LENO: Sure. Well, I was going to say the same thing for you. Yes.
(END VIDEO CLIP)
COSTELLO: Hear what Mr. Boehner is saying about a presidential run, next.
COSTELLO: Here's a corporate head scratcher. Despite paying $20 billion in fines over the last year for offenses ranging from selling bad mortgages to failing to warn the government about Bernie Madoff's Ponzi scheme, a new report says JPMorgan has decided its CEO Jamie Dimon should get a raise.
Yes, a raise.
Our chief business correspondent Christine Romans is here to explain how exactly he deserves that.
CHRISTINE ROMANS, CNN CHIEF BUSINESS CORRESPONDENT: Good morning, Carol. This has been quite a year for Jamie Dimon and JPMorgan Chase. As you said he has been opening up the checkbook and settling billions of dollars with regulator, with the government from everything from turning a blind eye to Bernie Madoff to the mortgage disaster that led to the financial crisis to derivatives in the electricity market.
All kinds. There are $20 billion in fines. And so what is the board going to do? According to the "New York Times," the board is going to give him a raise. Last year they docked his pay to $11.5 million. He had -- he was the highest paid banker in 2011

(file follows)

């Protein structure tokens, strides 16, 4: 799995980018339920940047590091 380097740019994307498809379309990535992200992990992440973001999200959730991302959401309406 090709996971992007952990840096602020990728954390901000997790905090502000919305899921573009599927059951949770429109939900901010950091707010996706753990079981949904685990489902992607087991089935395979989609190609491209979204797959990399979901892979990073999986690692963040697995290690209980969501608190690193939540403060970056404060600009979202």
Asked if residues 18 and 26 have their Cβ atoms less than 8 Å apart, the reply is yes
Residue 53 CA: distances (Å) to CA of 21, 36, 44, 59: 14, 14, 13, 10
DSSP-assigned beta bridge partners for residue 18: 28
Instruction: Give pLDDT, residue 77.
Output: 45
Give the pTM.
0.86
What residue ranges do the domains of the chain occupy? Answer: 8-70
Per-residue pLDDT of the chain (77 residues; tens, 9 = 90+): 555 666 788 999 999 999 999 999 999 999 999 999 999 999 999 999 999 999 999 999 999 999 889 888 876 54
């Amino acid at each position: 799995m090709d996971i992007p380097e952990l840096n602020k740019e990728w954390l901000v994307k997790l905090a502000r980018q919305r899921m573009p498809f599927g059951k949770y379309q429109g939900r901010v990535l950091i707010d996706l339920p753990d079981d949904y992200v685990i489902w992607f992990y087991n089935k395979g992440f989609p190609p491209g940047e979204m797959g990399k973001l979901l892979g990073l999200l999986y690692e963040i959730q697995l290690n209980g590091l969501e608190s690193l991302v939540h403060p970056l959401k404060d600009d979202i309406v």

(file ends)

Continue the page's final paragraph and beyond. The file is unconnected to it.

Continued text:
In part, Carol, $23 million in compensation, in part because he led the bank through the financial crisis. And then the next year, that London Whale, that big trading mistake or that trading problem that happened in London. Big, big pay cut the board gave him for that and now according to the "New York Times" after a heated, heated meeting on the board they want to give him a raise to congratulate him, to reward him for leading the bank through a very tough year with all those settlements.
Interesting as well, Carol, that he was quoted at Davos, that big, you know, meeting of the global elites in Switzerland, he was quoted as saying the government -- the government's pursuit of the bank with all these settlements was unfair. He paid it out because it was the best thing for shareholders but he called all that unfair.
Still, $20 billion, huh?
COSTELLO: Isn't he buddies with President Obama?